Re: oops, sorry, how about LA islands, etc.

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Posted by Eric Frasco on August 16, 2001 at 12:59:51:

In Reply to: oops, sorry, how about LA islands, etc. posted by robin on August 15, 2001 at 14:41:42:


The Channel Islands help protect the stretch of coastline from Point Conception to San Diego by deflecting a lot of the incoming swell and wind driven waves, making for good diving year round. the rest of the coastline (total coastline is approximately 1150 miles) is exposed to open ocean conditions, making for rough conditions year round.

From Santa Barbara to Laguana Beach, September and October are when we have the warmest and clearest water.

San Diego water temps always seem (to me) to be colder, I will let someone from San Diego comment on that. North of Santa Barbara, you have a prevailing southerly colder current that generally runs outside the Channel Islands. There is a warm northerly current that comes up along the Los Angeles coastline, and mixes with the colder current at the Northern Channel Islands (NCI). So diving at the NCI can be cold if you are on the western islands such as San Miguel or Santa Rosa, or warmer if you are at the eastern islands such as Santa Cruz or Anacapa. At any rate, all the diving up there is great because the two currents coming together have created an excellent habitat that supports an abundance and variety of marine life.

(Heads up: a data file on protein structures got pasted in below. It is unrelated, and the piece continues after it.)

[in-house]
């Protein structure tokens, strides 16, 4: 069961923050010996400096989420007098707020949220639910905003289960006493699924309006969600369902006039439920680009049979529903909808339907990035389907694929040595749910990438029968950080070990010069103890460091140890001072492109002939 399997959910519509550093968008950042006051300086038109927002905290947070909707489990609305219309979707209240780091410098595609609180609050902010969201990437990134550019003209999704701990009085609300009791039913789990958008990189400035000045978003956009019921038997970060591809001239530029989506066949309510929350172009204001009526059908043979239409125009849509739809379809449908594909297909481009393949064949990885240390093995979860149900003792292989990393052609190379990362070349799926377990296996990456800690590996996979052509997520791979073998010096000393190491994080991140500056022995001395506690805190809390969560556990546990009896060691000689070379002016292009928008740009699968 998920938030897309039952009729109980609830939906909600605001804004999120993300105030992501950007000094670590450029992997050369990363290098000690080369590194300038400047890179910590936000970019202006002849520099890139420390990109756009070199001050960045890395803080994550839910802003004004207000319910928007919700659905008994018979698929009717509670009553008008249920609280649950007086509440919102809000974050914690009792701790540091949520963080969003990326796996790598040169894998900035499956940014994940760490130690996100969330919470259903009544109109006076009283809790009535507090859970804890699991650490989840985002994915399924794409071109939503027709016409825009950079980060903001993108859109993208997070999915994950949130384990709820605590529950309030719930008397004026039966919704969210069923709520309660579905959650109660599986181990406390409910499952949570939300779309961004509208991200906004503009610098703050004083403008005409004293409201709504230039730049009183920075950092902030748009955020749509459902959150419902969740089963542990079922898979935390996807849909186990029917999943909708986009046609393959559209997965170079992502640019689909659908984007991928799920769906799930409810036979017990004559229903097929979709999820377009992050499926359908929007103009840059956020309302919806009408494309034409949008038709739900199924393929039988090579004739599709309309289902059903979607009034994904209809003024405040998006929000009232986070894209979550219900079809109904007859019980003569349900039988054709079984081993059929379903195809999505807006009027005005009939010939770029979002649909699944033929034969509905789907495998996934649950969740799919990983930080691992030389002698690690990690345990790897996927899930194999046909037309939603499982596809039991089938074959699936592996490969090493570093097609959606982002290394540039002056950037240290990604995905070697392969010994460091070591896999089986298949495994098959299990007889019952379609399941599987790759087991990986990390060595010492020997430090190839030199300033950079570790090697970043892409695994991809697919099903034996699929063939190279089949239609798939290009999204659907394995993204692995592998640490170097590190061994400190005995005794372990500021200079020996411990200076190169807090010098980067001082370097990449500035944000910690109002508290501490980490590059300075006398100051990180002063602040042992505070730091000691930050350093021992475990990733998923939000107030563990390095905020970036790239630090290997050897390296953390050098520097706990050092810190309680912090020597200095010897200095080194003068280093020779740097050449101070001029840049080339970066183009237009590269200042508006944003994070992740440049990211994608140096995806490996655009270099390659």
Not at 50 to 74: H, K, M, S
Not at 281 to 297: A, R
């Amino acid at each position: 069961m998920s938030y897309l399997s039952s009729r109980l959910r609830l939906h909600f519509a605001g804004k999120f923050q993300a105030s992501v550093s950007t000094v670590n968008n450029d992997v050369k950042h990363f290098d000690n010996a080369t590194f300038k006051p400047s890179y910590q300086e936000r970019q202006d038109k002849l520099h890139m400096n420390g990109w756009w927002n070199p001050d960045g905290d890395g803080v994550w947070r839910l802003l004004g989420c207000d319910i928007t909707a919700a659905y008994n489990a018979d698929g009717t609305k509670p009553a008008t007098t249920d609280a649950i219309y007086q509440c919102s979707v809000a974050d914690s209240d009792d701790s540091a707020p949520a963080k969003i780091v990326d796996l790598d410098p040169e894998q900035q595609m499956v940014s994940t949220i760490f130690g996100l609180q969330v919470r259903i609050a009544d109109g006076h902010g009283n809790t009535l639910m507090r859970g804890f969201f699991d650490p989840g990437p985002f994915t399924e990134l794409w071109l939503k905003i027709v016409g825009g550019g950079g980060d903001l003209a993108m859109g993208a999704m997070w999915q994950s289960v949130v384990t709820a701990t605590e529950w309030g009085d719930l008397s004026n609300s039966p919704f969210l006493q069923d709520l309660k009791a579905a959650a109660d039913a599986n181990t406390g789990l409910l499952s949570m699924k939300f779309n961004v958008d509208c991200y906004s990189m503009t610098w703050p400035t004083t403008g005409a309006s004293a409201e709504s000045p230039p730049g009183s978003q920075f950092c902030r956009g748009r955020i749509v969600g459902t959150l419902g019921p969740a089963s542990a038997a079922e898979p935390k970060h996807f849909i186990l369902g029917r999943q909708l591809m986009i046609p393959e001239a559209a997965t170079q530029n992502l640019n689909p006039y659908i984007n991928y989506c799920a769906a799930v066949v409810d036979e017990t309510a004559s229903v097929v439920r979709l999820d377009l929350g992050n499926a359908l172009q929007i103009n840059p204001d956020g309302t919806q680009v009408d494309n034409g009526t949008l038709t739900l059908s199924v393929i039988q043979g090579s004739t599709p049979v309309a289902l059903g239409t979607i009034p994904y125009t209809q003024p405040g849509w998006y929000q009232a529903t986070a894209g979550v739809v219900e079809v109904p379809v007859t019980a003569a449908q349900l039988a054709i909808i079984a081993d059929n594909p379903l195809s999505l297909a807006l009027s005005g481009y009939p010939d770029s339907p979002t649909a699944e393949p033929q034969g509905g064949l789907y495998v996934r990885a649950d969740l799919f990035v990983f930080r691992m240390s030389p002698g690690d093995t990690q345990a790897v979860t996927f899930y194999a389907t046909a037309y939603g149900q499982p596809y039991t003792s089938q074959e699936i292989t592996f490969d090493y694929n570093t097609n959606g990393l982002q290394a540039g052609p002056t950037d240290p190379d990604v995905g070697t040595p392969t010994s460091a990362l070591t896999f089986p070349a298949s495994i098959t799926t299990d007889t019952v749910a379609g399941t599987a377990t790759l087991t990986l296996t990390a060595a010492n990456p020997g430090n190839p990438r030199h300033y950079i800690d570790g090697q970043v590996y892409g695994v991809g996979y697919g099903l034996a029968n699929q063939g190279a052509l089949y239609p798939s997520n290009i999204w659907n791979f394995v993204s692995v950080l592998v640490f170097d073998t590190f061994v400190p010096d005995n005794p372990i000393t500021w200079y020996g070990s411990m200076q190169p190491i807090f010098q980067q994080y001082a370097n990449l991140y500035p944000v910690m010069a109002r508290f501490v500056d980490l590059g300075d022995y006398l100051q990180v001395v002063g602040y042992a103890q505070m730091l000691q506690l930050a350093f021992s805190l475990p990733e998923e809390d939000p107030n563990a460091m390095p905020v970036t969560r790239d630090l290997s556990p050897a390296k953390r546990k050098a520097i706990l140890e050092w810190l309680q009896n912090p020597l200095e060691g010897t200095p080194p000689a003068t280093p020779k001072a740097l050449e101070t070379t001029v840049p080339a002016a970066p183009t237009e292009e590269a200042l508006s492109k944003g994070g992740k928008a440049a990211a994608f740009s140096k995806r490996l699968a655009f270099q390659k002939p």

But on the mainland the best beach diving is in September and October. The ocean temperature starts to peak (it takes a couple months for water temperatures to catch up with air temperatures), but most importantly the visibility gets really good. Plankton blooms, which depend on sunlight, are a big culprit in reducing visibility. During the long days of summer (summer soltice in June), there is lots of sunlight, and therefore lots of plankton. By September, the days have shortened and the plankton blooms are significantly reduced.

So there's your answer. In the areas around Los Angeles, the best visibility and the warmest water occurs in September and October. It is not unusual to have 70 degrees F and 100 foot visibility at the Southern Channel Islands (Santa Catalina, San Clemente) this time of year.


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